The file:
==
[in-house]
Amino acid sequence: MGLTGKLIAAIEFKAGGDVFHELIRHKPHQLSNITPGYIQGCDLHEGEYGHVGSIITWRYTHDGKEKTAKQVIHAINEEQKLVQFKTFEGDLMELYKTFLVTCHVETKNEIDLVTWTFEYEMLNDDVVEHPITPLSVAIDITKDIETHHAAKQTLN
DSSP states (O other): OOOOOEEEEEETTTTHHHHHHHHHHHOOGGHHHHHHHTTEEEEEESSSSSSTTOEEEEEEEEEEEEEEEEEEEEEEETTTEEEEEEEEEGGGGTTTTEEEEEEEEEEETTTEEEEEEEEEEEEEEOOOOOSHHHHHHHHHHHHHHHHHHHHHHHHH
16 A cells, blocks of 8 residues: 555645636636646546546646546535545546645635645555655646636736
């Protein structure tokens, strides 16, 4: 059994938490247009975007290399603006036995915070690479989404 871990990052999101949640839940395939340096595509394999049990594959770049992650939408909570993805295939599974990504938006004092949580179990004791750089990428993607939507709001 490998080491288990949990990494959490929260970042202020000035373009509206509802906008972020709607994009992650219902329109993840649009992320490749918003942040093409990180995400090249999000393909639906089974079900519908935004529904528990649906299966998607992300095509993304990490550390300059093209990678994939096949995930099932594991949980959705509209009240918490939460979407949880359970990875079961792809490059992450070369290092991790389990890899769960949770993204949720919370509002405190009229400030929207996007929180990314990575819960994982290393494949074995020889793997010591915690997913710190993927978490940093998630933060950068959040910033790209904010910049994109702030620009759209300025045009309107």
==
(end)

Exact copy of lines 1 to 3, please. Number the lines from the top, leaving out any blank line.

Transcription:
[in-house]
Amino acid sequence: MGLTGKLIAAIEFKAGGDVFHELIRHKPHQLSNITPGYIQGCDLHEGEYGHVGSIITWRYTHDGKEKTAKQVIHAINEEQKLVQFKTFEGDLMELYKTFLVTCHVETKNEIDLVTWTFEYEMLNDDVVEHPITPLSVAIDITKDIETHHAAKQTLN
DSSP states (O other): OOOOOEEEEEETTTTHHHHHHHHHHHOOGGHHHHHHHTTEEEEEESSSSSSTTOEEEEEEEEEEEEEEEEEEEEEEETTTEEEEEEEEEGGGGTTTTEEEEEEEEEEETTTEEEEEEEEEEEEEEOOOOOSHHHHHHHHHHHHHHHHHHHHHHHHH